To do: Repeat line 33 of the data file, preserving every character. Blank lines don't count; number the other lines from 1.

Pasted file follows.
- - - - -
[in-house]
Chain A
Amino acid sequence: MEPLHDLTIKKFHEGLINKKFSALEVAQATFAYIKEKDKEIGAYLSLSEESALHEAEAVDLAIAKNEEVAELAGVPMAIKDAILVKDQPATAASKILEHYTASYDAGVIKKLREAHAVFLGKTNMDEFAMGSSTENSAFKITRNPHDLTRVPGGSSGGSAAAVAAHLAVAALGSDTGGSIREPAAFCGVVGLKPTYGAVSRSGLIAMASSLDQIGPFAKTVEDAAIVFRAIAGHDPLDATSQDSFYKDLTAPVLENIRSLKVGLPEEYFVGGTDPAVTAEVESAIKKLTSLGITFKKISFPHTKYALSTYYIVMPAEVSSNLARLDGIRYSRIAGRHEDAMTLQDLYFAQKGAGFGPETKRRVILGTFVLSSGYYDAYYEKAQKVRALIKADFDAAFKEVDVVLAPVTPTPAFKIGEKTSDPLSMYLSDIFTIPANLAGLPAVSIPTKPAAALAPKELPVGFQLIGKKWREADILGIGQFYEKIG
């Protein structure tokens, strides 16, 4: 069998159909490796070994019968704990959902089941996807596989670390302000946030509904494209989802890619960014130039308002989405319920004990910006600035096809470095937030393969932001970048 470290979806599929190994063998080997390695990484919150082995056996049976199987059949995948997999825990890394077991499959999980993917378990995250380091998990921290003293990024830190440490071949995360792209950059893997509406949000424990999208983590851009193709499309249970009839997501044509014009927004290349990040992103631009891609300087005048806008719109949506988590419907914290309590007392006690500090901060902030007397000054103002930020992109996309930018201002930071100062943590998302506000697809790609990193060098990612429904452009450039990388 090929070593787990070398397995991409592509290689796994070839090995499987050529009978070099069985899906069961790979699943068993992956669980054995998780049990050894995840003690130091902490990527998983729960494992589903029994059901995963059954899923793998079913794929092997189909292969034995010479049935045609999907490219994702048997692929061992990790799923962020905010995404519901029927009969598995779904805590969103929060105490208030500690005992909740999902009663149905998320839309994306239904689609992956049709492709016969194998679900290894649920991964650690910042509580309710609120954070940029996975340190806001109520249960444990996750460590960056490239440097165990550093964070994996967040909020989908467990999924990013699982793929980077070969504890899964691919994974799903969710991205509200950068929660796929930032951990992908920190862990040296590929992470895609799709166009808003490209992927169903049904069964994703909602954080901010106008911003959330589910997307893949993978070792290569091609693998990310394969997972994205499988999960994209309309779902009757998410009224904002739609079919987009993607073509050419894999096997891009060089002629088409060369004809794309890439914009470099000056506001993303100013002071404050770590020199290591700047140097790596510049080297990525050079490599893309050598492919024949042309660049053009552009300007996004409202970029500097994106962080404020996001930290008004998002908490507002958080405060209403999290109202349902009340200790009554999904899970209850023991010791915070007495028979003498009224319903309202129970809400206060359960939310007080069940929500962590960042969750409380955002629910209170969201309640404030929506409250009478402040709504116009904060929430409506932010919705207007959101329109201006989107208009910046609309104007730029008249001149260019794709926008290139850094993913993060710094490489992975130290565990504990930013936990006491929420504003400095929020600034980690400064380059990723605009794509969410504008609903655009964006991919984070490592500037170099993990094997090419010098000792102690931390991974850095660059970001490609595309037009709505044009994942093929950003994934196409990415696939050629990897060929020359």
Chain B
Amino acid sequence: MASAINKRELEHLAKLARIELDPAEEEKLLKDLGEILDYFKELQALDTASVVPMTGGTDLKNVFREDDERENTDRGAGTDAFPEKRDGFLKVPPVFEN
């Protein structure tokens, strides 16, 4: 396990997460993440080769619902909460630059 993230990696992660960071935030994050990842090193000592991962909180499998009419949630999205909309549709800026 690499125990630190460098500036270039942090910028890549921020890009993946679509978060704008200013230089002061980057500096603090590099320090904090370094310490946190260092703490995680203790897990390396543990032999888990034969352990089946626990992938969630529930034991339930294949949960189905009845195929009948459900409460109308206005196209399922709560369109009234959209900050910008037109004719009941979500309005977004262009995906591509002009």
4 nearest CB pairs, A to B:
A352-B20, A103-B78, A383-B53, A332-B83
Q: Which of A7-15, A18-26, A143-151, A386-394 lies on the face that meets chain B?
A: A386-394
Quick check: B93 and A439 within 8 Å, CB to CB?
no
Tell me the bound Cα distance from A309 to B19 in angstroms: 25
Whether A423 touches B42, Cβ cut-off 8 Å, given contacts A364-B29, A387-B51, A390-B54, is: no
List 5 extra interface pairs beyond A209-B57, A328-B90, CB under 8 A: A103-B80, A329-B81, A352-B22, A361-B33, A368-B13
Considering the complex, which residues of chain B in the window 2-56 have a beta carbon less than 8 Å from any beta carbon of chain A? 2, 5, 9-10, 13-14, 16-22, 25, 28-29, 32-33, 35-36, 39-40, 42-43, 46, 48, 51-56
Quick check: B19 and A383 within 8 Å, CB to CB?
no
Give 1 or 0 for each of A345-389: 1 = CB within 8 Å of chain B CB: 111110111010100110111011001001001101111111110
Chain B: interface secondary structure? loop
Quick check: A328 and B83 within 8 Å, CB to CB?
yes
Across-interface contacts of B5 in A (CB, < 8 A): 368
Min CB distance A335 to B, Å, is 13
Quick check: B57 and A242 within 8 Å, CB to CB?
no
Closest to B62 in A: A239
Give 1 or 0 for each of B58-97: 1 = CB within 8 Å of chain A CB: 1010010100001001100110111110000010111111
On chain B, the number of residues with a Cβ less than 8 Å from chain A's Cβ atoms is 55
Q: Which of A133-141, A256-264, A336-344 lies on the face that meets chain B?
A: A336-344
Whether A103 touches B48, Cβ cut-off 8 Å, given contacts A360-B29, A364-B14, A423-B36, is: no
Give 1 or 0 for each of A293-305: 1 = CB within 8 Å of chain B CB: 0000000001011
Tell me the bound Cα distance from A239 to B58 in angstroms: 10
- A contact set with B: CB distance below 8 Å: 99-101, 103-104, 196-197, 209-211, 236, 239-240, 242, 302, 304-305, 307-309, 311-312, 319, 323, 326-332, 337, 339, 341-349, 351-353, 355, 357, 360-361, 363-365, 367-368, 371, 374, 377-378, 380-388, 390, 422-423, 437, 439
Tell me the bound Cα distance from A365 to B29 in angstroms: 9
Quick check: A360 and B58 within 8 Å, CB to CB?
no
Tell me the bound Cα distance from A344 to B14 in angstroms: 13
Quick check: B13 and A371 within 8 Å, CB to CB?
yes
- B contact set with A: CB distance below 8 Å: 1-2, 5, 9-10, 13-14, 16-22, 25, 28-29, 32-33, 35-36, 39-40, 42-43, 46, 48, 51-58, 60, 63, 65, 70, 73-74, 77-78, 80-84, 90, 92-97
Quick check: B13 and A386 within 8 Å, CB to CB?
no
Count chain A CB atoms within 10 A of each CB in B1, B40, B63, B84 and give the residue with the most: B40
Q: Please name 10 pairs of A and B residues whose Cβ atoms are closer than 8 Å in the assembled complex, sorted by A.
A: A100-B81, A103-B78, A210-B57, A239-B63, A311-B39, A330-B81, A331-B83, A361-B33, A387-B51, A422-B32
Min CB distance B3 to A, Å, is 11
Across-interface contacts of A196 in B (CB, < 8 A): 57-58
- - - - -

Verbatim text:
Whether A103 touches B48, Cβ cut-off 8 Å, given contacts A360-B29, A364-B14, A423-B36, is: no